Some people let their past haunt them, others take it and turn it into art.

Having grown up in a small G.I. house with his mother and brother, artist Jason Ramey was exposed to things kids normally don’t deal with. He lived next door to a crack house, and he was often showered with deals from drug dealers and users. Naturally, he took those experiences and made them art, like what a tenant of the crack house named Kenny said to him.

“He said ‘Jay. You’ve got to come in. It’s a decent house. It’s got crown molding,’” Ramey says.

Titled “Jay, it’s a decent house, it’s got crown molding,” one of Ramey’s sculptures is a delicate combination of wood and plaster that places the crown molding, often used on additions to make houses look better, on a pedestal.

“(Crown molding) does not change the location and it doesn’t change the history of the house,” he says, laughing.

Ramey has a collection of the memory-driven pieces on exhibit at Olive DeLuce Art Gallery on the campus of Northwest Missouri State University until March 7. An artist and former furniture designer, Ramey decided after doing long, repetitive work while working on his Master of Fine Arts from the University of Wisconsin-Madison.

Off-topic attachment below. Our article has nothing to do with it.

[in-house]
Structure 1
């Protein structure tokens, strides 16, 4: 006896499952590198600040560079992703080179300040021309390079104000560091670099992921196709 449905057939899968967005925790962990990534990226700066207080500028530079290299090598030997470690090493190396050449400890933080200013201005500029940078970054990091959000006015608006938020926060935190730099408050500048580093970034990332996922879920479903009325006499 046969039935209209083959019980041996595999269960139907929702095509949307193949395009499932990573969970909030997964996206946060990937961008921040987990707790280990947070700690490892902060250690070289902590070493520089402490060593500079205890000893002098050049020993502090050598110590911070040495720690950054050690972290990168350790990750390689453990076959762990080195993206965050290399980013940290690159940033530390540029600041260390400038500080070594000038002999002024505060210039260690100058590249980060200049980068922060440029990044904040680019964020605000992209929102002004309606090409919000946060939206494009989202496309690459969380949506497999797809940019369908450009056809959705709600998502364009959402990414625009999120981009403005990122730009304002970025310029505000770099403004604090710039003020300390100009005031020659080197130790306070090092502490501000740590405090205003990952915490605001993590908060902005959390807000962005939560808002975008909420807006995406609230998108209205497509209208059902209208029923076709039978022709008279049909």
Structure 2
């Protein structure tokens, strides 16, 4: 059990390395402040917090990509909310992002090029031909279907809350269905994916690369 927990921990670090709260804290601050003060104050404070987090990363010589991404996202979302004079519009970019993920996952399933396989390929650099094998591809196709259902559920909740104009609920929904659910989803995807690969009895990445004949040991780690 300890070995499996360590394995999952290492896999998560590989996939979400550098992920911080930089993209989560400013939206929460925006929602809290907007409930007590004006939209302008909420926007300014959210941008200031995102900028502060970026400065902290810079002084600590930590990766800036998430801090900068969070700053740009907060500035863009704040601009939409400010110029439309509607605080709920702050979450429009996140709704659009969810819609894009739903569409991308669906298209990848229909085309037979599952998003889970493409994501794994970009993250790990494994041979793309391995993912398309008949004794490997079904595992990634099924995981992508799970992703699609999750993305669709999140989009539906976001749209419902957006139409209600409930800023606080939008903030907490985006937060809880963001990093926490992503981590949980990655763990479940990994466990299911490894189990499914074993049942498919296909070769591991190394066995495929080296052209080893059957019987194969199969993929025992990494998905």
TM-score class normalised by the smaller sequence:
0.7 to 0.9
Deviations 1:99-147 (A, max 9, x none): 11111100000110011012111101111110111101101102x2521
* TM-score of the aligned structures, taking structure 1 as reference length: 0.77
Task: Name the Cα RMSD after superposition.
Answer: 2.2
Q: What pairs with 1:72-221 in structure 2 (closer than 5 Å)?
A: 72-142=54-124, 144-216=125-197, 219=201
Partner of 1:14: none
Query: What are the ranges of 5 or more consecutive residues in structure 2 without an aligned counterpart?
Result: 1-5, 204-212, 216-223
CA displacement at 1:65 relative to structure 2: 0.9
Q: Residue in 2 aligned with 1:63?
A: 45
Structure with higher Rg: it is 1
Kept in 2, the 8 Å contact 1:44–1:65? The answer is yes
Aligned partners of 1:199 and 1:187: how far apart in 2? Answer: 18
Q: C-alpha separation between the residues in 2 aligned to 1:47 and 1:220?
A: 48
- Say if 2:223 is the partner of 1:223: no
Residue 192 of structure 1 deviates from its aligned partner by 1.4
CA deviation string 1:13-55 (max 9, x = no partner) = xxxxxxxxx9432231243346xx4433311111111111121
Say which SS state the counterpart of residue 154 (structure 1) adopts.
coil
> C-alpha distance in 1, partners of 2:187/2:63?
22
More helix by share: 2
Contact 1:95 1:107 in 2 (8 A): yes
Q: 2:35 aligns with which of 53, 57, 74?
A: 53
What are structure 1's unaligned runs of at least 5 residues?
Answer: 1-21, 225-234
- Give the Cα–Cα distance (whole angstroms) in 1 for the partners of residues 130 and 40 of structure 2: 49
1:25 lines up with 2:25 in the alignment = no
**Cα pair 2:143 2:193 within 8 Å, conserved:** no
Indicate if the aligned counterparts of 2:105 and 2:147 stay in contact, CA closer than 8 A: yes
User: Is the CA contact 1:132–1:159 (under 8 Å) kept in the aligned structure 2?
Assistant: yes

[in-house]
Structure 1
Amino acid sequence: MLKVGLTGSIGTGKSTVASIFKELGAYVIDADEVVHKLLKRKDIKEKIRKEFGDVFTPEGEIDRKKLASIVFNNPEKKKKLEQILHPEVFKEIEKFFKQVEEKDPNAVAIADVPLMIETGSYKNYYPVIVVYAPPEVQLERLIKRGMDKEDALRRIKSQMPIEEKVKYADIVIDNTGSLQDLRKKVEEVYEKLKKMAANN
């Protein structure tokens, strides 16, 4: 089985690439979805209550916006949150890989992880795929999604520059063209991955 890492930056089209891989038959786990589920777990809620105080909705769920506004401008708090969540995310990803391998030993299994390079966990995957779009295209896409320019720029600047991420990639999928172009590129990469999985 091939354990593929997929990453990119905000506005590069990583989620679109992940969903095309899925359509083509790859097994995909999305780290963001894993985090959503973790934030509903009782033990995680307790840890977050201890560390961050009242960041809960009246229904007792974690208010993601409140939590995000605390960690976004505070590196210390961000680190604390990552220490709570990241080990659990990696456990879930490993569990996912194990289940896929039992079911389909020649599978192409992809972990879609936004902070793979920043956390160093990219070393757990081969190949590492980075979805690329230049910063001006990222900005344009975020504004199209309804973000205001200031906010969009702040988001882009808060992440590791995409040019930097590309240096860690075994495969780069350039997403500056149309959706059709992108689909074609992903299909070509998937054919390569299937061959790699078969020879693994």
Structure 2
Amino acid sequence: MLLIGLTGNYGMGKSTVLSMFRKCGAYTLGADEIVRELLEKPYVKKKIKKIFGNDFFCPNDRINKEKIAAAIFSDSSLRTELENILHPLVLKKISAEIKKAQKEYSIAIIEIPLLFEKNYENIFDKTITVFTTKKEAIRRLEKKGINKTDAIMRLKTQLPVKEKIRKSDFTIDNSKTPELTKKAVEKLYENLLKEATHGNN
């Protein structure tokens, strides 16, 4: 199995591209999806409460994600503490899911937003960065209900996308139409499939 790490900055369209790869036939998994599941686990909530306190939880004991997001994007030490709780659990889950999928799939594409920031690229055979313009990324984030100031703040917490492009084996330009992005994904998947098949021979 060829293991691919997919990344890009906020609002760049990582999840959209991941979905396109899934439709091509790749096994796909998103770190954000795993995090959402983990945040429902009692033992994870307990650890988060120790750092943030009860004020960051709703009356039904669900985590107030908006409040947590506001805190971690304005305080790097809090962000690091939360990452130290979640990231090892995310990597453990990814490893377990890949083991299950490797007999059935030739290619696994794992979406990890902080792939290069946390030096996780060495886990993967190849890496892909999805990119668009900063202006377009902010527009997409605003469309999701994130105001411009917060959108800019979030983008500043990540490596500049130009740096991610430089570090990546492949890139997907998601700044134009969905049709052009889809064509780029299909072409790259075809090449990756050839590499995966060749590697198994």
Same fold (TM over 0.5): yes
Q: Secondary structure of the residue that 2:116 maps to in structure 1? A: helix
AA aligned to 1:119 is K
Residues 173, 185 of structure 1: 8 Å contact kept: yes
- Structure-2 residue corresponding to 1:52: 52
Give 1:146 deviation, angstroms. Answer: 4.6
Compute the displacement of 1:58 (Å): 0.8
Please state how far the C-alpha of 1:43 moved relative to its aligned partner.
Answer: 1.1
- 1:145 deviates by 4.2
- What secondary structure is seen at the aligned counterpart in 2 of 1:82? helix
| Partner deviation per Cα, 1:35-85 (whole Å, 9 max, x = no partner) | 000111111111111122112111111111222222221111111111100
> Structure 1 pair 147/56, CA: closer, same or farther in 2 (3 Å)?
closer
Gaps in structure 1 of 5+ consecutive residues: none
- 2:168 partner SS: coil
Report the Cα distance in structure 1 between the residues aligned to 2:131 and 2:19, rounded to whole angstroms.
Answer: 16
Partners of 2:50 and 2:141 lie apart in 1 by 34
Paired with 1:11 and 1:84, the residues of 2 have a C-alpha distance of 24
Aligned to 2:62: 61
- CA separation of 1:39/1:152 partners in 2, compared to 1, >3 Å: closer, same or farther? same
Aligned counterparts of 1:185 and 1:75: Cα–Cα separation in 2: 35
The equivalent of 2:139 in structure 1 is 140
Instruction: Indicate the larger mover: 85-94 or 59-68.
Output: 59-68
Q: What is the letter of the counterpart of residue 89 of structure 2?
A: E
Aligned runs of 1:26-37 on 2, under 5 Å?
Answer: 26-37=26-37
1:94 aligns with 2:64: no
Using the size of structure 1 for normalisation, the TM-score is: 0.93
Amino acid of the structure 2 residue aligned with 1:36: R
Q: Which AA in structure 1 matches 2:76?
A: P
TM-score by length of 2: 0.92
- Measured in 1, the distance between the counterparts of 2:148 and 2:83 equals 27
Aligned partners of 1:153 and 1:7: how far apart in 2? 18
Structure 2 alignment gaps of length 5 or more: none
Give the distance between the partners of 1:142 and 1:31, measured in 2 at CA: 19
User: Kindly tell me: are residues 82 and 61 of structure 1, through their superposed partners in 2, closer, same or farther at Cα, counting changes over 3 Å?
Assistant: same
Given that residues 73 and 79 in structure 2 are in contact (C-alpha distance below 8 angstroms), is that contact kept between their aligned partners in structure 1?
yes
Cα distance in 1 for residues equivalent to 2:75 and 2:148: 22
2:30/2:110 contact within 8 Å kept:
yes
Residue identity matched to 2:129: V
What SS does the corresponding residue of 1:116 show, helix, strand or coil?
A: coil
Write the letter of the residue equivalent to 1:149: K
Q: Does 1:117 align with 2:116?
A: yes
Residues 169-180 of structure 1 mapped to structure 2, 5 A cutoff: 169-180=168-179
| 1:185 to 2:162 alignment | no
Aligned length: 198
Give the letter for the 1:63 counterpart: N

“I started saying ‘Well, I could make furniture and design furniture, but can I make something that really addresses my past, my history?’” he says.

With his pieces displayed at exhibits across the United States and him being awarded the International Sculpture Center’s Outstanding Student Achievement in Contemporary Sculpture Award, it’s safe to say he’s serving his past well.

Andrew Gaug can be reached at Follow him on Twitter: @SJNPGaug.

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